IMF research summaries on governance of banks (by Luc Laeven) and on whether there is a foreign aid paradox (by Thierry Tressel); country study on Mozambique (by Jean A.P. Clément and Shanaka J. Peiris); listing of visiting scholars at the IMF during July 2007-January 2008; listing of contents of Vol. 54, Issue No. 4 of IMF Staff Papers; listing of recent IMF Working Papers; listing of recent external publications by IMF staff; and a call for papers for the upcoming Conference on International Finance.

Abstract

IMF research summaries on governance of banks (by Luc Laeven) and on whether there is a foreign aid paradox (by Thierry Tressel); country study on Mozambique (by Jean A.P. Clément and Shanaka J. Peiris); listing of visiting scholars at the IMF during July 2007-January 2008; listing of contents of Vol. 54, Issue No. 4 of IMF Staff Papers; listing of recent IMF Working Papers; listing of recent external publications by IMF staff; and a call for papers for the upcoming Conference on International Finance.

The International Monetary Fund and the World Economy and Finance Research Programme of the UK Economic and Social Research Council will hold a conference on international macrofinance at the IMF headquarters in Washington, DC, on April 24–25, 2008. The conference will provide a forum to present recent theoretical and empirical research narrowing the gap between “open-economy macro” and “finance” approaches to international financial issues.

While there is a very active literature on macrofinance linkages in the context of closed economies, applications to an open economy setting have just begun. International finance has traditionally relied on partial equilibrium analyses, while open-economy macroeconomics has avoided incorporating realistic financial features in its general equilibrium models because of the technical difficulties of doing so. Recent methodological advances now permit researchers to embed more realistic financial market structure in open-economy models.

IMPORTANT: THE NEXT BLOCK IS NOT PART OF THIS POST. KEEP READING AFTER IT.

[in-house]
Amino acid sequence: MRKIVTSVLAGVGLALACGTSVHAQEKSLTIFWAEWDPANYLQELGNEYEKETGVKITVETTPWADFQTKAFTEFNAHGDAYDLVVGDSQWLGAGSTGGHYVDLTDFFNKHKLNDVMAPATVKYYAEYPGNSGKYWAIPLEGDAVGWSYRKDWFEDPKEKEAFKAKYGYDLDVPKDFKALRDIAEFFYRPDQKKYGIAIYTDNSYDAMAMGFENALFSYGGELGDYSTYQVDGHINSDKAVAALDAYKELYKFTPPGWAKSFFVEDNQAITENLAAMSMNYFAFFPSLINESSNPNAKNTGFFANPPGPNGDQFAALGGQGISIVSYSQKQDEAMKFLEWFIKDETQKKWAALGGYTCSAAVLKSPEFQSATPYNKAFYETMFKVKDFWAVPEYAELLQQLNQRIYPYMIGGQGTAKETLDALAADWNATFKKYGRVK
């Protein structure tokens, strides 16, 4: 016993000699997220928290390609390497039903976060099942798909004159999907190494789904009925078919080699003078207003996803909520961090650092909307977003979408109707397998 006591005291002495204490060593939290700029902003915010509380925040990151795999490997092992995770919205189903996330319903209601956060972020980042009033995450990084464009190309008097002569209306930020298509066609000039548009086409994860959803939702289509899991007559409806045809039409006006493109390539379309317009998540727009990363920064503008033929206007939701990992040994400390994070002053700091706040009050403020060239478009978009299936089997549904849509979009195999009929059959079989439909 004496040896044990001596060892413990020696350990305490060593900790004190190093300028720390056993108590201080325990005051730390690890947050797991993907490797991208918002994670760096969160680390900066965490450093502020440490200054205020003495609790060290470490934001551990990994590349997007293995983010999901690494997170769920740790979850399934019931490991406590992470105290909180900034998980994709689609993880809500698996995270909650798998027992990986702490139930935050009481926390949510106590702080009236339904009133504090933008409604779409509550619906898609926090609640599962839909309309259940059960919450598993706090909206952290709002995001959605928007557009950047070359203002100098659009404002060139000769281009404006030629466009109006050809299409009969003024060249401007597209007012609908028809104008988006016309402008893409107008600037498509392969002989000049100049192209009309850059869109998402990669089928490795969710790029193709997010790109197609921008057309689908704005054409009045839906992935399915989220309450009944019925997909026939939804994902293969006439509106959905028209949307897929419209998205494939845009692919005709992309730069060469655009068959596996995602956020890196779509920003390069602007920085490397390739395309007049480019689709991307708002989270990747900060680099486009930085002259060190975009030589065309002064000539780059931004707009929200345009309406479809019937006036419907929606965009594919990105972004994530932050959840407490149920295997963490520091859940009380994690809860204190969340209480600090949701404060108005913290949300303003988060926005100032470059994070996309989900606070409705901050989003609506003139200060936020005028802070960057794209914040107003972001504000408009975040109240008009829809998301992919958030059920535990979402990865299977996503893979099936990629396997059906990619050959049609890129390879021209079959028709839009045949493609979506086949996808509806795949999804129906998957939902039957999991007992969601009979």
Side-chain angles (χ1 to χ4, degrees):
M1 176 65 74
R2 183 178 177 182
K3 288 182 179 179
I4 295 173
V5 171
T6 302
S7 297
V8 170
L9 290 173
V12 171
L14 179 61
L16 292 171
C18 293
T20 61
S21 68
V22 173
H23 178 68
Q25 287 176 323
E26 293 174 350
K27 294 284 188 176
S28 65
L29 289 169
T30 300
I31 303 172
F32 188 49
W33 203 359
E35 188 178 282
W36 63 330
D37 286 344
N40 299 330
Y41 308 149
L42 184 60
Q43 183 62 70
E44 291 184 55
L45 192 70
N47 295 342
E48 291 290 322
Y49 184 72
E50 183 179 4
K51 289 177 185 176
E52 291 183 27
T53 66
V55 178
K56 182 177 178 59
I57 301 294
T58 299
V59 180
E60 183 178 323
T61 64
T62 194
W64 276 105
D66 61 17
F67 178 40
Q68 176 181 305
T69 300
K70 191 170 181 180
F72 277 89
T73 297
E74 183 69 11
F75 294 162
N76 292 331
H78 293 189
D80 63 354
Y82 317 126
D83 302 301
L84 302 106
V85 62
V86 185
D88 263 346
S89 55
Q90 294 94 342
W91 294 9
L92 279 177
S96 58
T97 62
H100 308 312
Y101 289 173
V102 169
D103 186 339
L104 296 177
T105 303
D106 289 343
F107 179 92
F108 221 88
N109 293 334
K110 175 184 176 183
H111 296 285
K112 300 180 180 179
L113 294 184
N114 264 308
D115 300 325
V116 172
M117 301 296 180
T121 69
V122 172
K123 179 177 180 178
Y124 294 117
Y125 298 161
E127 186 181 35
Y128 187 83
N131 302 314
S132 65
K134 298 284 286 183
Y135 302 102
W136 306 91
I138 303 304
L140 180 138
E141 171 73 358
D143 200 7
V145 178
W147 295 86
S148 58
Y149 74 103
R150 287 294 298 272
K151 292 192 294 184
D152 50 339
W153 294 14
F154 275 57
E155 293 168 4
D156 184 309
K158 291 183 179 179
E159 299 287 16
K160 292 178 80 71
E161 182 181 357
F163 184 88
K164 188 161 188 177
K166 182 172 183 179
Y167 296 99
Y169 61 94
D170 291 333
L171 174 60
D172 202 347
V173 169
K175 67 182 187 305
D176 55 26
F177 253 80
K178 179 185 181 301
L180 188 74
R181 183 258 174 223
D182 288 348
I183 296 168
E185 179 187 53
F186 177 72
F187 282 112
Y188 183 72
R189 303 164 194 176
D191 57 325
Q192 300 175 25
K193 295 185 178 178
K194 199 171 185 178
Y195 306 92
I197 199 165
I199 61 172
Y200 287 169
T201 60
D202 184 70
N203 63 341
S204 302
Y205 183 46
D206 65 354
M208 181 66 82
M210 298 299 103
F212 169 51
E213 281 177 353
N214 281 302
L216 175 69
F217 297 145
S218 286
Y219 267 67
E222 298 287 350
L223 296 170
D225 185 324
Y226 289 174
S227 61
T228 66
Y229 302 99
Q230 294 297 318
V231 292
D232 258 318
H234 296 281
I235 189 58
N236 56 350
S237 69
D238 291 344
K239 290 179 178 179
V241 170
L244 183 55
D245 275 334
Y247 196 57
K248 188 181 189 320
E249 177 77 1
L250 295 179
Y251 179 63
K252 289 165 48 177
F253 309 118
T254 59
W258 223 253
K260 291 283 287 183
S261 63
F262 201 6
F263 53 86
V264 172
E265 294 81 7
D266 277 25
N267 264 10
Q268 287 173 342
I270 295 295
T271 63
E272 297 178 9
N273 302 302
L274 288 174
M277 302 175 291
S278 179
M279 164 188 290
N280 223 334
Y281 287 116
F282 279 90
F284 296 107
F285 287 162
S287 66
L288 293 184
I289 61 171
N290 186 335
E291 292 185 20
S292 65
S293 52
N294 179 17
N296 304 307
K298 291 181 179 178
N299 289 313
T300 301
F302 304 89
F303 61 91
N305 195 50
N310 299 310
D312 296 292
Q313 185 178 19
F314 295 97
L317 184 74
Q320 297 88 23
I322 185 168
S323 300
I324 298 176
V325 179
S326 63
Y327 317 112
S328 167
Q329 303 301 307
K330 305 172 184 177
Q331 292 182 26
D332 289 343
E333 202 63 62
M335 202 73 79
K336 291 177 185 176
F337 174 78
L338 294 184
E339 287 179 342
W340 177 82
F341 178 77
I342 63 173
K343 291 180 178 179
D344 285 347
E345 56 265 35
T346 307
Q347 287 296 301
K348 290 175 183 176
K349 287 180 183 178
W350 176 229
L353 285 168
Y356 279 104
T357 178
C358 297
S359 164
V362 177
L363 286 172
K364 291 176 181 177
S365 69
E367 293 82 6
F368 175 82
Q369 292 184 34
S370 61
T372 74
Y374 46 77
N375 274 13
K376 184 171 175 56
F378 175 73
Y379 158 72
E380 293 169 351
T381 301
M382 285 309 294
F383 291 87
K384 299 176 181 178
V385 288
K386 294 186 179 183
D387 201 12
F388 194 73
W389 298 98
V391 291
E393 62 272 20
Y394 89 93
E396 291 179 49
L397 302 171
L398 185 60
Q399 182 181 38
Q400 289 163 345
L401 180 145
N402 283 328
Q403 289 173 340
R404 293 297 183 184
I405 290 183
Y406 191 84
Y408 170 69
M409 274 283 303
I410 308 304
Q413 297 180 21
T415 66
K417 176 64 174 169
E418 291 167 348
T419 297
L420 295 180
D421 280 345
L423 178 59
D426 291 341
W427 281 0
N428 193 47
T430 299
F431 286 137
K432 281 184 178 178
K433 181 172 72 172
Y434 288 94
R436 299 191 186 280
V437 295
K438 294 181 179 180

This conference aims to stimulate the innovation process and its diffusion to the analysis of relevant policy issues. Possible topics using this new approach include (but are not restricted to):

  • Monetary policy and asset prices in an open economy

  • Policies for managing capital flows

  • Global liquidity and credit risk

  • International risk-sharing and financial markets

  • General equilibrium international portfolio models

  • Reserve management and sovereign wealth funds

  • Exchange rates and financial markets

Interested authors should submit either a draft of the paper or a detailed abstract by January 15, 2008 to RESIMF@imf.org In the selection process, preference will be given to papers that are already in draft form. The final versions of the papers selected for the conference are due by April 10, 2008.

Papers presented at the conference will be considered for publication in a special issue of the Journal of International Economics (JIE), subject to the standard JIE referee-ing procedures. Inquiries about the conference may be directed to RESIMF@imf.org

The conference organizers are Michael Devereux (University of British Columbia), Akito Matsumoto (IMF), Alessandro Rebucci (IMF), and Alan Sutherland (University of St. Andrews).

IMF Research Bulletin, December 2007
Author: International Monetary Fund. Research Dept.